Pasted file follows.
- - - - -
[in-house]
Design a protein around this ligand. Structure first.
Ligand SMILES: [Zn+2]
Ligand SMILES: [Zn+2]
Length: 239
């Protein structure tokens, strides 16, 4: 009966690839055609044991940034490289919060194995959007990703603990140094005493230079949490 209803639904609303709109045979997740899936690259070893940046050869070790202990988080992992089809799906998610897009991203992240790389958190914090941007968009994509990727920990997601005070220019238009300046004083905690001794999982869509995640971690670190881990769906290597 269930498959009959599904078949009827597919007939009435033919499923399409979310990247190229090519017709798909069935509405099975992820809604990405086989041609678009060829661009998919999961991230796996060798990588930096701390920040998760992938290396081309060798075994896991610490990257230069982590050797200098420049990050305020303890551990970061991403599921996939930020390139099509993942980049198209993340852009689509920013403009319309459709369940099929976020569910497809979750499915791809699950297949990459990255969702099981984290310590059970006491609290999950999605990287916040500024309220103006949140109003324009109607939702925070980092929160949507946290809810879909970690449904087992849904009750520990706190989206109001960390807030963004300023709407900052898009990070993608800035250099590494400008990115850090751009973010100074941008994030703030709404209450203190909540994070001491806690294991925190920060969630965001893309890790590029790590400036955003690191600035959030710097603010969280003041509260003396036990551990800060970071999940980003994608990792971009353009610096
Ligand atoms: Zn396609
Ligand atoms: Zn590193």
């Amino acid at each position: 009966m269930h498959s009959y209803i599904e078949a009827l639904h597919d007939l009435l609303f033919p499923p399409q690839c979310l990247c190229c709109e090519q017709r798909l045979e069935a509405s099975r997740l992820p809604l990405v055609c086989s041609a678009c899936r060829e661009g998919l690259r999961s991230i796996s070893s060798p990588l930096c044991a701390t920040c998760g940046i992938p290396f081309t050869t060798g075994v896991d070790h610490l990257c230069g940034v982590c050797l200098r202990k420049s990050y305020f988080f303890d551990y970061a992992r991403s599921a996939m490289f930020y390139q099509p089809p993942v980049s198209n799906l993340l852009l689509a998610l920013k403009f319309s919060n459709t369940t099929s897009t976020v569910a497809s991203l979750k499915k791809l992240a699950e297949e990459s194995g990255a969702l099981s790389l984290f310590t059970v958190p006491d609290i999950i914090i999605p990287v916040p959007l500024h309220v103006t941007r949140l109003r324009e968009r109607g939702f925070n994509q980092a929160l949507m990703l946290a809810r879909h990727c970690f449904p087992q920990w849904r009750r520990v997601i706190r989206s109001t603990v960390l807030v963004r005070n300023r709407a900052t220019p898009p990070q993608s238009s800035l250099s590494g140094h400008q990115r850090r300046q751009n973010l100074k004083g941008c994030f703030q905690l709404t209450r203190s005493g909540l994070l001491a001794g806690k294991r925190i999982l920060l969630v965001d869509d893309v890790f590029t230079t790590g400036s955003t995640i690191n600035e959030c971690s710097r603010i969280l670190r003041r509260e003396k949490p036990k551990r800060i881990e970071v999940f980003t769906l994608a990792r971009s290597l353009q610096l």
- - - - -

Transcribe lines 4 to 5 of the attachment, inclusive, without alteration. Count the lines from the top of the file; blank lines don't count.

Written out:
Ligand SMILES: [Zn+2]
Length: 239